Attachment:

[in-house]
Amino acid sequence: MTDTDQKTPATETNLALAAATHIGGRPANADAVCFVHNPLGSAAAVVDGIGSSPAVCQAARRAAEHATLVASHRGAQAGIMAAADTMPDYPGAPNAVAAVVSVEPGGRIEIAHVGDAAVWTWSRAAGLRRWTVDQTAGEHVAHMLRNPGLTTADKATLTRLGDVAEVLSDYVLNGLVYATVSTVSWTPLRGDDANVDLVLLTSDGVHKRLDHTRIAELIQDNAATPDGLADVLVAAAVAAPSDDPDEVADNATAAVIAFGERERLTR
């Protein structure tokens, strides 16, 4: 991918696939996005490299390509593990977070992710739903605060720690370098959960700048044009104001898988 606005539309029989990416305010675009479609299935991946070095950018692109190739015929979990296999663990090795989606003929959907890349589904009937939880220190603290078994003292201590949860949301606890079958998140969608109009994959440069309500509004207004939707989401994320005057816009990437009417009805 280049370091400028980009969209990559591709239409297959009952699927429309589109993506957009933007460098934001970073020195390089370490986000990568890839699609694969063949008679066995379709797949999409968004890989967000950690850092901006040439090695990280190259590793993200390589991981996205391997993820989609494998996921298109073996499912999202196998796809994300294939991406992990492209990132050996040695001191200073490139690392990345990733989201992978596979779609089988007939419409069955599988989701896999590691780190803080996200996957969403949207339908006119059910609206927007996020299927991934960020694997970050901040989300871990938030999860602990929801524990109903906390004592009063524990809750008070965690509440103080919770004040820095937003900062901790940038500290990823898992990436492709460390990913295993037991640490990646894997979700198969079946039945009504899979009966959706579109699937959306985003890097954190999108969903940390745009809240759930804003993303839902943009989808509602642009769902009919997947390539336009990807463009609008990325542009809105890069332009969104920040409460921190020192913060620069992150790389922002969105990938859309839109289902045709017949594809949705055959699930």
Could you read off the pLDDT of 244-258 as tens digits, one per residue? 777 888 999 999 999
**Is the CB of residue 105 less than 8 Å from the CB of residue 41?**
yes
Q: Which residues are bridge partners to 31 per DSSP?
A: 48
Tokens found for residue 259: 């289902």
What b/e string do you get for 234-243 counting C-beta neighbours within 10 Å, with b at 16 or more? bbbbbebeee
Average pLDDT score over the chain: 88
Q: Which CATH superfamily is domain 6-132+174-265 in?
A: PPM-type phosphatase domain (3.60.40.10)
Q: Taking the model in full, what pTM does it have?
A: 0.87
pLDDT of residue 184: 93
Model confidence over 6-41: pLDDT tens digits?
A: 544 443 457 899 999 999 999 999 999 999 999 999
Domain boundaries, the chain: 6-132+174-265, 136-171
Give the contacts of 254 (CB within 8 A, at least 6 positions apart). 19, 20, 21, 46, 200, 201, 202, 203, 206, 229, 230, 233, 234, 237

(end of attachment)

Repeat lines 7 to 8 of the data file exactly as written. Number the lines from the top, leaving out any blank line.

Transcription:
Q: Which residues are bridge partners to 31 per DSSP?
A: 48